DryStoneGarden

Plants and Stone for California Gardens

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Garden Projects

Last December I posted about edging three of our four veggie beds with stone. This past week I did the final veggie bed, so all of the garden beds are now fully edged with stone. That feels like an important step, considering the name of this blog and the fact that our veggie garden is more prominent than in most gardens. There are seven kinds of stone throughout the four beds, plus a couple of more in other parts of the garden, all of it leftover scrap from larger projects.
I’m pleased to have the stonework done, but I’m also really pleased just to have once again used up all of my leftover materials. Yesterday one of our neighbors asked which house was mine, and I was getting a blank look from my initial descriptions, but when I said ‘the one that always has stone piled in the hell strip,’ she immediately knew which house I meant. Not really a good thing. There’s not currently any stone piled there, which feels like an accomplishment, but I’m also now out of spots in the garden that need stonework, so I’m not sure what I’ll do the next time I have leftover materials.

Out of all the sections, my favorite is this mix of tan and gray sandstones, probably because it is so different from what I usually build; I usually don’t mix different kinds of stone and I usually don’t like to see saw cut edges. Novelty has a distinct charm. I’ve had a big list of projects to do in the garden this year (including the garden-shed/blogging-room still waiting for me to finish the stucco) so Anita has taken over vegetable gardening duties. Last year, I started to fill the beds with permanent plants like blueberries, currants, and strawberries, but she’s opening them back up for annual vegetables. This is our first time growing lettuce in two years.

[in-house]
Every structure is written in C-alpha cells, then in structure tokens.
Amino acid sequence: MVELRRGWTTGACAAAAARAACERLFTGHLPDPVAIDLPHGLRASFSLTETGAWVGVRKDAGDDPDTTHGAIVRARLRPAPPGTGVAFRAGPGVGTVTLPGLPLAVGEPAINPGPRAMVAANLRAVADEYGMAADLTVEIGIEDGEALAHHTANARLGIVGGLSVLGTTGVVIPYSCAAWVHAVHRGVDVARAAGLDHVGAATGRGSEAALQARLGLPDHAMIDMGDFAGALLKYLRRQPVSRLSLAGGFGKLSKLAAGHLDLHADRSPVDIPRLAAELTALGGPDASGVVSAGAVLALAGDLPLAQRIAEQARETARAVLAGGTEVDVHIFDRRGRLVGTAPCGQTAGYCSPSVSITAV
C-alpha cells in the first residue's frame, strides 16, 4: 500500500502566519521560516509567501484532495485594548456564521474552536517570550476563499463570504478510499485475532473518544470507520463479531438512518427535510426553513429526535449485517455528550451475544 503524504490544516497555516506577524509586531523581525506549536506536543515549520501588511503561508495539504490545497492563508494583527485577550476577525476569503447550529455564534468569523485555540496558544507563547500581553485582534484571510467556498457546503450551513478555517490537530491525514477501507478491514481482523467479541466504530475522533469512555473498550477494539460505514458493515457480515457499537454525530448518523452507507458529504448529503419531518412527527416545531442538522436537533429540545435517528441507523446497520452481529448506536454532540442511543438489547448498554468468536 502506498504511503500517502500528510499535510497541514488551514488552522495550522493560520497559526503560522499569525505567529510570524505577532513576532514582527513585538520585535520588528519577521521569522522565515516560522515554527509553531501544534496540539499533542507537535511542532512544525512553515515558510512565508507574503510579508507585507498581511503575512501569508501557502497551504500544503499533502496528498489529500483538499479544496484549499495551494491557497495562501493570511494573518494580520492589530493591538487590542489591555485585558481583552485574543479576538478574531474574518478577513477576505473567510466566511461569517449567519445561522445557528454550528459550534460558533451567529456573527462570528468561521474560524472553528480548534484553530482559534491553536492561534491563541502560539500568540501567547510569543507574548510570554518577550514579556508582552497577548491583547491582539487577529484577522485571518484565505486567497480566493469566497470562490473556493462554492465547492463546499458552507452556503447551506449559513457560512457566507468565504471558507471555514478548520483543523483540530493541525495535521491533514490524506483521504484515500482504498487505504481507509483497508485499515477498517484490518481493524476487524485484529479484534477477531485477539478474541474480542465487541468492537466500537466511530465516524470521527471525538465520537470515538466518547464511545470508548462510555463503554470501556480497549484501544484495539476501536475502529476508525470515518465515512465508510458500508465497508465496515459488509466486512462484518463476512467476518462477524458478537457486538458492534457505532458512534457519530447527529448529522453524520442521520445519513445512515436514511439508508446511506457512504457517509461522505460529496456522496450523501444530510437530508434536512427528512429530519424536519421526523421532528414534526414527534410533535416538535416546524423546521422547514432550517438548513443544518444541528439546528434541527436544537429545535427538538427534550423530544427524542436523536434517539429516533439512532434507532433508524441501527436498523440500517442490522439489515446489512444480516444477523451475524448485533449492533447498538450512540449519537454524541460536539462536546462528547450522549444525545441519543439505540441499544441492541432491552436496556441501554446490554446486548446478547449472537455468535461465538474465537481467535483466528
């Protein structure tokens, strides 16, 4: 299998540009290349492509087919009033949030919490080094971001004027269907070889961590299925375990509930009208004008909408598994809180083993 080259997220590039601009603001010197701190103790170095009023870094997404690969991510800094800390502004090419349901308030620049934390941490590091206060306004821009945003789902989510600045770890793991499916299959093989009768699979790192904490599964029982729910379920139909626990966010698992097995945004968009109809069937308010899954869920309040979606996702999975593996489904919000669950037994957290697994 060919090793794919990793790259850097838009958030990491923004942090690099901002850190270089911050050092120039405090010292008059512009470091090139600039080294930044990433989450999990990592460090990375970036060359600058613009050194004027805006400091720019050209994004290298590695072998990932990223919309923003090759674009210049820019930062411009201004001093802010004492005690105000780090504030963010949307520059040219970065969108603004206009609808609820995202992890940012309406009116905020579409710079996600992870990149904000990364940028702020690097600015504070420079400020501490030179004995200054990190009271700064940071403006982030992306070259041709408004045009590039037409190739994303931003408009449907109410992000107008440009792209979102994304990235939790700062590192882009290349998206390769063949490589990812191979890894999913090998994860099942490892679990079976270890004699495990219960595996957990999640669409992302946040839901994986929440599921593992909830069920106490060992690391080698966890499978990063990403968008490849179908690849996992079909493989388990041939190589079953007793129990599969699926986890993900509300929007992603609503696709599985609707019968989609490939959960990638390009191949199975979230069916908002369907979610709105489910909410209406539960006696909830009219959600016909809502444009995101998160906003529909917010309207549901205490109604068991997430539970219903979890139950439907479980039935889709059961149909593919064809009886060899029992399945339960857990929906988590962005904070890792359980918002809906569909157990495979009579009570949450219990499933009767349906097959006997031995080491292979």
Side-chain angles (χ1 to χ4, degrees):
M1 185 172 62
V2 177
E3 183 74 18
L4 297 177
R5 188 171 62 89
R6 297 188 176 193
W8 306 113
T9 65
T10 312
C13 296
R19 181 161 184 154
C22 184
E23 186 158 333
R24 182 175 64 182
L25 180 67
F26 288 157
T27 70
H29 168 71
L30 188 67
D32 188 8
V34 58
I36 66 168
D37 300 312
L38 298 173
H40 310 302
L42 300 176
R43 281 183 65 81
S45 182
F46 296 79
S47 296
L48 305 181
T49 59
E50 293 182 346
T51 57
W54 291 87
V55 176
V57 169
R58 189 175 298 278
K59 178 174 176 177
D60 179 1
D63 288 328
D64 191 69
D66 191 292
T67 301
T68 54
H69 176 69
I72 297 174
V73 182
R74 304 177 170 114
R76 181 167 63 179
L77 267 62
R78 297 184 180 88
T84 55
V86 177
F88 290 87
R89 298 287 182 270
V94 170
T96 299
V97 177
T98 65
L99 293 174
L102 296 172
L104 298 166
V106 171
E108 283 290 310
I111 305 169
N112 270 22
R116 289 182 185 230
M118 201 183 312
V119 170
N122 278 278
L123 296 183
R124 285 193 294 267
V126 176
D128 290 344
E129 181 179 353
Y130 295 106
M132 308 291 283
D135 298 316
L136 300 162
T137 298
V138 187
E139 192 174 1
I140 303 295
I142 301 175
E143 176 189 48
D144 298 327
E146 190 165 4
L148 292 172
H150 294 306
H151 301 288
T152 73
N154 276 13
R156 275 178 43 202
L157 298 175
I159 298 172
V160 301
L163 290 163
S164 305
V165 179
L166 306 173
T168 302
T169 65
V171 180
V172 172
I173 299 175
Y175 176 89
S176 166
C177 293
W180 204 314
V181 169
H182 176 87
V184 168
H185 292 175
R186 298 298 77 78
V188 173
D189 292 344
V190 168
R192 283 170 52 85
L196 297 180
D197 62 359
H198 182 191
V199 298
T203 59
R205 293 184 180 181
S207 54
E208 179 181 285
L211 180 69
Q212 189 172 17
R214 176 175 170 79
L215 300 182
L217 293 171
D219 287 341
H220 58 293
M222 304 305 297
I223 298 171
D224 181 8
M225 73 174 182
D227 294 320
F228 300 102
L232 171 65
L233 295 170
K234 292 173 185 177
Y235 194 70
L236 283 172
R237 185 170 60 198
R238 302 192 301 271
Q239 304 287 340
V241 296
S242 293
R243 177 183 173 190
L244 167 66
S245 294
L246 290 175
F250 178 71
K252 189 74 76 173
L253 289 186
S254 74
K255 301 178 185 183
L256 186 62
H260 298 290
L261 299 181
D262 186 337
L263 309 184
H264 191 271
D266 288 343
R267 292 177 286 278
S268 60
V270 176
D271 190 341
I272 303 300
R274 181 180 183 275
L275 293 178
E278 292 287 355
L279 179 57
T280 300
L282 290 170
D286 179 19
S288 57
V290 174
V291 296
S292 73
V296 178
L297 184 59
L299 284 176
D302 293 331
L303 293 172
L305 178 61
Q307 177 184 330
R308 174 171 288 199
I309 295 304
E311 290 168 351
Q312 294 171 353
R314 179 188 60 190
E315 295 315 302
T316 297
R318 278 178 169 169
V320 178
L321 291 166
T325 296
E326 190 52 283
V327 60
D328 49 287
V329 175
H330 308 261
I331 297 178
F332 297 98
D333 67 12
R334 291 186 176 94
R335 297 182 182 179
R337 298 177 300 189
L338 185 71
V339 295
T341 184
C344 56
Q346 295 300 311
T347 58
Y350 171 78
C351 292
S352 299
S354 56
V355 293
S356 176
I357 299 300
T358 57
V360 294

Along with taking over the veggies, Anita tidied up our front porch this week, another long overdue task that included rearranging the containers beside our front door. We’ve had a Brugmansia there for a couple of years, but it was getting tired after years living in a container in deep shade. This Vine Maple is now in its place. It’s a little one that needs a pedestal to raise it up high enough for the space, but it’s a really nice specimen. I think it was the last plant in our garden to leaf out this year, but the foliage is totally worth the wait.

And speaking of containers, one random thing I did with some of the smaller scrap was make this little container. I thought I might use it in the veggie garden edging as a cornerstone or something, but that turned out to be a silly idea; it’s much better as a stand alone little thing. It currently has Scotch Moss in it, but I’m trying to think of a native groundcover that might work. There’s a Mimulus groundcover, M. primuloides, that would look good, but I think it would need constant water and I’m not sure how it would do with the alkaline interior of the container. The native Sedum would probably work, but I don’t think it would contrast enough with the gray stone. Any suggestions about other small native groundcovers?

2 Responses to “Garden Projects”

  1. July 12th, 2012 at 5:55 pm

    Gayle Madwin says:

    I like that container! You could try alkali sacaton (Sporobolus airoides) in it. In the summer the container would elevate it to make the pretty seedheads more visible, and in the winter when the grass looks dead, I guess you could hide the container somewhere out of sight.

  2. July 13th, 2012 at 6:03 pm

    ryan says:

    I’ve never grown that plant and I don’t know anything about growing it, but a grass might be cool. I like the idea of the airy seedheads above it. Thanks.

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